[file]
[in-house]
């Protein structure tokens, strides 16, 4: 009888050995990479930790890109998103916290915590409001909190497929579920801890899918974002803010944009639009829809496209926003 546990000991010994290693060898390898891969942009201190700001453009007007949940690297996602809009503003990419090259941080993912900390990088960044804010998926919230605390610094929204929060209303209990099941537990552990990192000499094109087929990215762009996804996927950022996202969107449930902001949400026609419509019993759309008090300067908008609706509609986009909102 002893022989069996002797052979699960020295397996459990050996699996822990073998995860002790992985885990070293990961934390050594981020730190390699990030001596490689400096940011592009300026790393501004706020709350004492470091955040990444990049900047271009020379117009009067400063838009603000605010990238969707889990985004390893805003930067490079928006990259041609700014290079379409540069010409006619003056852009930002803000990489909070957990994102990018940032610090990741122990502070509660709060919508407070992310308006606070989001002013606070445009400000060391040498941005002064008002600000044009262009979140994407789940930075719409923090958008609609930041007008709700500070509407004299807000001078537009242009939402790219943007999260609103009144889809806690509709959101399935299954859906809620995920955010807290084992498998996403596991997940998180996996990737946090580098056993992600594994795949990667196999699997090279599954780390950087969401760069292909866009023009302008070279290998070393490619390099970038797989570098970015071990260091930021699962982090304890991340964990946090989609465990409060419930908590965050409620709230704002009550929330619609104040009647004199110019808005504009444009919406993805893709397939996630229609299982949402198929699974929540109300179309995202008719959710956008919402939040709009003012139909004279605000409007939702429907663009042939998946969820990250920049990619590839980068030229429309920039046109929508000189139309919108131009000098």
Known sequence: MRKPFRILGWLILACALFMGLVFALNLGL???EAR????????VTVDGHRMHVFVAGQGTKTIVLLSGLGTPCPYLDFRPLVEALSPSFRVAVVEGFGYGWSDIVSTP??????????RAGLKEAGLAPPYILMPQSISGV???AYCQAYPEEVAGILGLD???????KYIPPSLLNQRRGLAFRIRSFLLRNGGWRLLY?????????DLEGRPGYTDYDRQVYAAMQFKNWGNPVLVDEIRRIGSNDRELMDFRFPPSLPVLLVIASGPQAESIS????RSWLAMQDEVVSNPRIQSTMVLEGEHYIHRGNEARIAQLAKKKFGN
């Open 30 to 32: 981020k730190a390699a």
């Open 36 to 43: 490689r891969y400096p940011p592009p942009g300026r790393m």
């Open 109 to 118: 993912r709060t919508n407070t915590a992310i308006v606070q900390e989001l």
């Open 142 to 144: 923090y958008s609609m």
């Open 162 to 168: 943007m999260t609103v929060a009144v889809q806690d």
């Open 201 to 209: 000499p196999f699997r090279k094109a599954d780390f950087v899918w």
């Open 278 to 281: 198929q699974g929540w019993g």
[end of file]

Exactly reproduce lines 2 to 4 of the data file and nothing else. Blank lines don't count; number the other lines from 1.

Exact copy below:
């Protein structure tokens, strides 16, 4: 009888050995990479930790890109998103916290915590409001909190497929579920801890899918974002803010944009639009829809496209926003 546990000991010994290693060898390898891969942009201190700001453009007007949940690297996602809009503003990419090259941080993912900390990088960044804010998926919230605390610094929204929060209303209990099941537990552990990192000499094109087929990215762009996804996927950022996202969107449930902001949400026609419509019993759309008090300067908008609706509609986009909102 002893022989069996002797052979699960020295397996459990050996699996822990073998995860002790992985885990070293990961934390050594981020730190390699990030001596490689400096940011592009300026790393501004706020709350004492470091955040990444990049900047271009020379117009009067400063838009603000605010990238969707889990985004390893805003930067490079928006990259041609700014290079379409540069010409006619003056852009930002803000990489909070957990994102990018940032610090990741122990502070509660709060919508407070992310308006606070989001002013606070445009400000060391040498941005002064008002600000044009262009979140994407789940930075719409923090958008609609930041007008709700500070509407004299807000001078537009242009939402790219943007999260609103009144889809806690509709959101399935299954859906809620995920955010807290084992498998996403596991997940998180996996990737946090580098056993992600594994795949990667196999699997090279599954780390950087969401760069292909866009023009302008070279290998070393490619390099970038797989570098970015071990260091930021699962982090304890991340964990946090989609465990409060419930908590965050409620709230704002009550929330619609104040009647004199110019808005504009444009919406993805893709397939996630229609299982949402198929699974929540109300179309995202008719959710956008919402939040709009003012139909004279605000409007939702429907663009042939998946969820990250920049990619590839980068030229429309920039046109929508000189139309919108131009000098």
Known sequence: MRKPFRILGWLILACALFMGLVFALNLGL???EAR????????VTVDGHRMHVFVAGQGTKTIVLLSGLGTPCPYLDFRPLVEALSPSFRVAVVEGFGYGWSDIVSTP??????????RAGLKEAGLAPPYILMPQSISGV???AYCQAYPEEVAGILGLD???????KYIPPSLLNQRRGLAFRIRSFLLRNGGWRLLY?????????DLEGRPGYTDYDRQVYAAMQFKNWGNPVLVDEIRRIGSNDRELMDFRFPPSLPVLLVIASGPQAESIS????RSWLAMQDEVVSNPRIQSTMVLEGEHYIHRGNEARIAQLAKKKFGN
């Open 30 to 32: 981020k730190a390699a």